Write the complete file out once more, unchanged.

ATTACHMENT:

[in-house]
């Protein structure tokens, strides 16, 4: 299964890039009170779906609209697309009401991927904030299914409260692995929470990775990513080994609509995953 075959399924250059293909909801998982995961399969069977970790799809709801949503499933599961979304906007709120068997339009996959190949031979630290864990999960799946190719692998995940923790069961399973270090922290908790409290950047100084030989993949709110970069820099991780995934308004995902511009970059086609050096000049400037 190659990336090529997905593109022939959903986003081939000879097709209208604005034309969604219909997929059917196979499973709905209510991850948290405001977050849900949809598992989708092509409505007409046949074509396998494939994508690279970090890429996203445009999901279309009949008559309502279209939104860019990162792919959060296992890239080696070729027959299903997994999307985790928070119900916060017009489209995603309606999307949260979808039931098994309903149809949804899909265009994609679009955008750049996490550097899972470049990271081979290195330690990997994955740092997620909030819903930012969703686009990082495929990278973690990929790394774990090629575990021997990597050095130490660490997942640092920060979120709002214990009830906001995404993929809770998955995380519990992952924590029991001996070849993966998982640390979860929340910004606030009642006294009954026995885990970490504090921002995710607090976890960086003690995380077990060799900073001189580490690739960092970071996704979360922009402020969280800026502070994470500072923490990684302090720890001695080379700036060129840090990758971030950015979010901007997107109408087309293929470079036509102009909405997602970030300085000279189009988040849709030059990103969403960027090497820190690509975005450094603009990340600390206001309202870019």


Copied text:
[in-house]
């Protein structure tokens, strides 16, 4: 299964890039009170779906609209697309009401991927904030299914409260692995929470990775990513080994609509995953 075959399924250059293909909801998982995961399969069977970790799809709801949503499933599961979304906007709120068997339009996959190949031979630290864990999960799946190719692998995940923790069961399973270090922290908790409290950047100084030989993949709110970069820099991780995934308004995902511009970059086609050096000049400037 190659990336090529997905593109022939959903986003081939000879097709209208604005034309969604219909997929059917196979499973709905209510991850948290405001977050849900949809598992989708092509409505007409046949074509396998494939994508690279970090890429996203445009999901279309009949008559309502279209939104860019990162792919959060296992890239080696070729027959299903997994999307985790928070119900916060017009489209995603309606999307949260979808039931098994309903149809949804899909265009994609679009955008750049996490550097899972470049990271081979290195330690990997994955740092997620909030819903930012969703686009990082495929990278973690990929790394774990090629575990021997990597050095130490660490997942640092920060979120709002214990009830906001995404993929809770998955995380519990992952924590029991001996070849993966998982640390979860929340910004606030009642006294009954026995885990970490504090921002995710607090976890960086003690995380077990060799900073001189580490690739960092970071996704979360922009402020969280800026502070994470500072923490990684302090720890001695080379700036060129840090990758971030950015979010901007997107109408087309293929470079036509102009909405997602970030300085000279189009988040849709030059990103969403960027090497820190690509975005450094603009990340600390206001309202870019």